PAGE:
Correct misinformation. Often our fears are born of misunderstanding. “I love working with kids who are afraid of bees,” says Chansky, who is also the author of Freeing Your Child From Anxiety ($15, amazon.com). “We call out to a bee from the window, and the child learns that the bee doesn’t care about him—he cares about pollen.” Similarly, a youngster’s anxiety about the dentist can be assuaged by watching a (prescreened!) YouTube video of a dental exam, and you can reduce your own fear of flying by studying facts and figures. (Did you know that, statistically, you would have to fly every day for 63,000 years before you would die in a plane crash?)
Have a plan. “I dislike bugs a lot,” confesses Chansky. “But we live in the woods. So I keep yogurt containers around the house and use them to catch insects when they come in. Being prepared helps me stay calm.” If kids are around, Chansky suggests “bossing back” feared objects, saying, “I’m a lot bigger than you, Mr. Bug!” (This may help even if you’re alone—a little fake-it-till-you-make-it never hurts.) But what if you wind up screaming and jumping onto a chair? Don’t consider it defeat, says Chansky. Just take a deep breath and say to the kids (or yourself), “False alarm! I guess my worry brain took over!”
With scared kids, be sympathetic, not overly emotional… As a pediatrician, Roy Benaroch of Alpharetta, Georgia, has noticed that parents’ attitudes influence their children’s apprehension when it comes to shots. His advice: Don’t apologize (“I’m sorry we have to do this to you!”) or overempathize (“I know! It hurts! It hurts!”). Rather, adopt a calm, loving tone and say, “It will be OK, and it will be over in a few minutes.” And remember: Kids can tell when a parent is white-knuckling his or her way through a situation. So if Dad has a problem with shots, Mom should chaperone inoculation day. If you must grin and bear it, try taking three deep breaths or counting backward from 10—or both—to ease your anxiety, says psychologist Dawn Huebner, the author of What to Do When You Worry Too Much ($16, amazon.com). “Relaxation methods work best when decided on and practiced ahead of time,” she says.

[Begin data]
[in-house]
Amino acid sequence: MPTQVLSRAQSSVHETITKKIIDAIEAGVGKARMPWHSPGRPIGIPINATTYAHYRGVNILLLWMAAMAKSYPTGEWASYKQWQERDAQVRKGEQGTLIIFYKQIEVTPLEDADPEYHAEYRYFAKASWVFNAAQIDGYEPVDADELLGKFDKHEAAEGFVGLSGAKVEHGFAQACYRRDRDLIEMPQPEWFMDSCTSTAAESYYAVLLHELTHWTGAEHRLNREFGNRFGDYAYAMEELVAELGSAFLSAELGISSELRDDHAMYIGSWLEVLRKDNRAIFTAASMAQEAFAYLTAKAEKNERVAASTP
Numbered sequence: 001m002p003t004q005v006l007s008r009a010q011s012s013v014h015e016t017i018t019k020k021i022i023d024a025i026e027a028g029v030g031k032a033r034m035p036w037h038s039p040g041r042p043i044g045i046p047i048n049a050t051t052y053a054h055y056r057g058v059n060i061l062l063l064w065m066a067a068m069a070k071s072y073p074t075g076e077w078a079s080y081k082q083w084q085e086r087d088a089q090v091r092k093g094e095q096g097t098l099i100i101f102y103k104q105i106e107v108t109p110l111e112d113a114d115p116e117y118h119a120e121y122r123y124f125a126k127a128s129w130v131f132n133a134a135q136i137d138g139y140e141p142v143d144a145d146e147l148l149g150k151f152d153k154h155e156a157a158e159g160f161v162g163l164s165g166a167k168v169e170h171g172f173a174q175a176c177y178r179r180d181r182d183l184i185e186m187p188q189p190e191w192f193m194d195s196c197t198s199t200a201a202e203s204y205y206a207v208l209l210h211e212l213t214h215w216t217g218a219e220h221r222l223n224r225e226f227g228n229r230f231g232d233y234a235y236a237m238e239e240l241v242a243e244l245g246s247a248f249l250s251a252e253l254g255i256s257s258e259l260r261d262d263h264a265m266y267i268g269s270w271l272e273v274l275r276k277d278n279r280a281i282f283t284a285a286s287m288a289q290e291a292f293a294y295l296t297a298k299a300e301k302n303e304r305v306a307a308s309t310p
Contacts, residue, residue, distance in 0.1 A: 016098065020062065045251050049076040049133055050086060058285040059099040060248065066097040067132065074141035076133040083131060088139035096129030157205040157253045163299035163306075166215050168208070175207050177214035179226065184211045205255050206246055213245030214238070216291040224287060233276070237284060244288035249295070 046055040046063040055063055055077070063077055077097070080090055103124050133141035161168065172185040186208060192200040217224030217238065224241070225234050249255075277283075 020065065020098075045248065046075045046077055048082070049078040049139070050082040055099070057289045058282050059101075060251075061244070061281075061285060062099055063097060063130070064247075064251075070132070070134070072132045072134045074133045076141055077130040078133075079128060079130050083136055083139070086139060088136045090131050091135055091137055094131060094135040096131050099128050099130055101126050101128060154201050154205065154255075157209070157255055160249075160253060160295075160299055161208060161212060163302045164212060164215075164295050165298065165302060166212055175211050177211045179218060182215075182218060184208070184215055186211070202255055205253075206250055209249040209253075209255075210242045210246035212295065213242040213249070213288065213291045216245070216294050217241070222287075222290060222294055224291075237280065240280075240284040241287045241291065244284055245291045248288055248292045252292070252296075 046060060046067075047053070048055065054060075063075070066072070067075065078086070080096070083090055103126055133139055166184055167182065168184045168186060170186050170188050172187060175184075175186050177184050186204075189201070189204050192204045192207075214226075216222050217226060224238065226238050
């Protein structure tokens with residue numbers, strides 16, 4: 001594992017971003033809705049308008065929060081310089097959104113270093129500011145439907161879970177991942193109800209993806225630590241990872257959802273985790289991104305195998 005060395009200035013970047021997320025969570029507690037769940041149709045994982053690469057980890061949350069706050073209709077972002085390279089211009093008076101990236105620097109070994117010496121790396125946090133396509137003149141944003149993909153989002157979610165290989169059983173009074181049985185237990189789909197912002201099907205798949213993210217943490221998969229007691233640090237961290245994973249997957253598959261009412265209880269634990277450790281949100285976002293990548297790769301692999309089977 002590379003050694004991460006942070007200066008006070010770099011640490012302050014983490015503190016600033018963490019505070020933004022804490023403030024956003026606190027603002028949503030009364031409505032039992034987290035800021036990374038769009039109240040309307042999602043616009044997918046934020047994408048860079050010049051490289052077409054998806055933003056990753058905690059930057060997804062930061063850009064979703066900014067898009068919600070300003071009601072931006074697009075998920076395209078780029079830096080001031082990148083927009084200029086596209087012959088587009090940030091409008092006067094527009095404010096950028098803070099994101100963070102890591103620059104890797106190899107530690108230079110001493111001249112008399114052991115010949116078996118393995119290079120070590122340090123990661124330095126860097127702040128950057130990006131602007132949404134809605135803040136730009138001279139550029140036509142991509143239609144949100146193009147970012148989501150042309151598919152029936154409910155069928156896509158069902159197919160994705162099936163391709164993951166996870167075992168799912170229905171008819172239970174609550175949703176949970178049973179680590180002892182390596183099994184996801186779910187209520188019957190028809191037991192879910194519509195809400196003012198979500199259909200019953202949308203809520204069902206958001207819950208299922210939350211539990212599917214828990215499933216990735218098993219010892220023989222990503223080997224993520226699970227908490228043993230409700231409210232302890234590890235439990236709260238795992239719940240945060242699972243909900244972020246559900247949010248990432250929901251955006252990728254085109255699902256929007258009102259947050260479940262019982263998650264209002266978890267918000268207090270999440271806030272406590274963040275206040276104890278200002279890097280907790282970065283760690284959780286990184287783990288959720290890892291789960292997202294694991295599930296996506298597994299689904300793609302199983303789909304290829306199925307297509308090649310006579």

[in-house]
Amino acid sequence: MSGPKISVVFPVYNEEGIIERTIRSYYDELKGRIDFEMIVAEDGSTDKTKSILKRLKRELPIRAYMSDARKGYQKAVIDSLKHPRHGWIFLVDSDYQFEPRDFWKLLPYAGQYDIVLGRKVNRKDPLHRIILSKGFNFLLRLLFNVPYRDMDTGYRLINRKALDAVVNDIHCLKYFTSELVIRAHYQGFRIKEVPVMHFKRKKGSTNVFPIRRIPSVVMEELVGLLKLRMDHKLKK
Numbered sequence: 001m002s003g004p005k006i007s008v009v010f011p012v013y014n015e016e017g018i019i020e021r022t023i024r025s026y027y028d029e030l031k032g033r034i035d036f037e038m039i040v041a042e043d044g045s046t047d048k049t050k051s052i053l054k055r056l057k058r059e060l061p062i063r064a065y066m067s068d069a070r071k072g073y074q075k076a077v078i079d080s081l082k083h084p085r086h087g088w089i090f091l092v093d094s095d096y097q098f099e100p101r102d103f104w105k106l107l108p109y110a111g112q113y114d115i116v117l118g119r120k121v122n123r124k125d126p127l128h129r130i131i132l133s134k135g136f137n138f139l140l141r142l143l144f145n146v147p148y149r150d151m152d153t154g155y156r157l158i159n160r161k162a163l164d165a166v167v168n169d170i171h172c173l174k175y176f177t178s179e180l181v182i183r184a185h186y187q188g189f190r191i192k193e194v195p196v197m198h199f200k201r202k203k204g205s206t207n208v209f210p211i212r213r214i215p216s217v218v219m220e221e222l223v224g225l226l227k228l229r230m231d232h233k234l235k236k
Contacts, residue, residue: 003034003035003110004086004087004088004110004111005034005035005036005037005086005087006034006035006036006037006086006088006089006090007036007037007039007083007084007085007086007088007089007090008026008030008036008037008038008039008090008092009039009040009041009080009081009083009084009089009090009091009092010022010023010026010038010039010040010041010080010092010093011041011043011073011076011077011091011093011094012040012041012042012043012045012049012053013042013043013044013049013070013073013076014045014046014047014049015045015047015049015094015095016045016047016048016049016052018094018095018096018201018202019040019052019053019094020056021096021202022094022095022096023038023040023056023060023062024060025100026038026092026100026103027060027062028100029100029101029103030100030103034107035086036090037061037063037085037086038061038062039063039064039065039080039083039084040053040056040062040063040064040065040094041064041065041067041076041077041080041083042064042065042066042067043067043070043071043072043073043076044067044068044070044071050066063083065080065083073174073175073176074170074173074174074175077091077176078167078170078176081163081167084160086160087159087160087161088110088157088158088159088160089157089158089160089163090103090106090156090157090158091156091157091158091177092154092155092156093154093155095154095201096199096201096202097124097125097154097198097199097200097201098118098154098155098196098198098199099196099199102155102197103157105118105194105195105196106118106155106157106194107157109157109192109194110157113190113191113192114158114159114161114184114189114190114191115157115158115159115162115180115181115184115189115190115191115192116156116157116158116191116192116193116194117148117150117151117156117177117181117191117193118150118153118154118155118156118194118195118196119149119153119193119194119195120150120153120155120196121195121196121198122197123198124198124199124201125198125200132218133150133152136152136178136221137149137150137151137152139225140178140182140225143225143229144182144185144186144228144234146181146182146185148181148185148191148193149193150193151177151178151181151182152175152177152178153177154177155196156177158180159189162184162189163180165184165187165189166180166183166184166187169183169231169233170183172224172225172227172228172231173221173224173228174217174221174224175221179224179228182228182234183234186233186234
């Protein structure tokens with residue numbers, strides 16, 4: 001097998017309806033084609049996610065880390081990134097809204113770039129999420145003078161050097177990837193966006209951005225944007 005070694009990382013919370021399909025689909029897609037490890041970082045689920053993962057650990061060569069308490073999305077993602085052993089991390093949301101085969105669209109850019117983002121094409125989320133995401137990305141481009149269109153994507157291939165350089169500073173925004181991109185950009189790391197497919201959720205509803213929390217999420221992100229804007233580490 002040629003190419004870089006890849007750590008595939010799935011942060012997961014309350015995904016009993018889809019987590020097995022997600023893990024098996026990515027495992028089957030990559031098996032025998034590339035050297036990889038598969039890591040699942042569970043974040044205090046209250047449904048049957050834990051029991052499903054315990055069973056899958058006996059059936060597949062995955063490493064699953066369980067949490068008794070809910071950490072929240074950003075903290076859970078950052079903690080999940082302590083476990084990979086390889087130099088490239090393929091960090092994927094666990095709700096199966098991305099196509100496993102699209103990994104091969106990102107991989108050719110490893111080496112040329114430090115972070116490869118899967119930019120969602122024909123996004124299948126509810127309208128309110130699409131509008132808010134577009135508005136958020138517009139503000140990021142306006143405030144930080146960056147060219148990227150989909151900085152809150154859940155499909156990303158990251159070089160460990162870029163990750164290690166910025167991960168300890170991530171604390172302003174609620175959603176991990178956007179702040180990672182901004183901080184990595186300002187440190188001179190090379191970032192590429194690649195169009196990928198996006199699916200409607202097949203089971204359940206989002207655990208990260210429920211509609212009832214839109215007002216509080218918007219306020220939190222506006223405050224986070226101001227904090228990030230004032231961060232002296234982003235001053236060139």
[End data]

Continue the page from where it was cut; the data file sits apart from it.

…And don’t encourage avoidance. If your child loses her cool around dogs, your instinct may be to hustle her across the street when you spot one. But resist that urge. Take it as an opportunity to demystify the source of her fears, Pincus advises. Say, “Look at that puppy! Should we go see if the owner will let us feel how soft his fur is?”
Create a “bravery ladder.” For children and adults who are truly phobic, the gold standard of treatment is exposure therapy, in which a mental-health provider introduces the sufferer to the thing that he fears in small, confidence-building steps until he’s no longer afraid. You can try the system out on your own, too. Pincus recommends brainstorming 8 or 10 challenges of increasing difficulty. If you or your child is terrified of mice, for example, you would start by looking at photographs of rodents in a book; next, peer at them at a distance in a pet store; then eventually hold one. If you’re paralyzed by heights, you would start with a brief visit to a second-floor balcony. Remember that it’s fine to feel a little fear with each new task. “That’s what gets you better,” says Pincus. “You learn that you can approach a situation when you’re nervous, because those feelings won’t hurt you.”
If your scared child shows signs of real distress (refusing to go to school, having nightmares, clinging), or if you can’t bring yourself to face your own phobias, enlist help from a professional. (Ask whether the therapist is trained in cognitive behavioral therapy for anxiety or phobias before booking an appointment.) “Getting assistance models to your children that sometimes grown-ups aren’t perfect,” says Pincus. “It shows them that even adults need help.”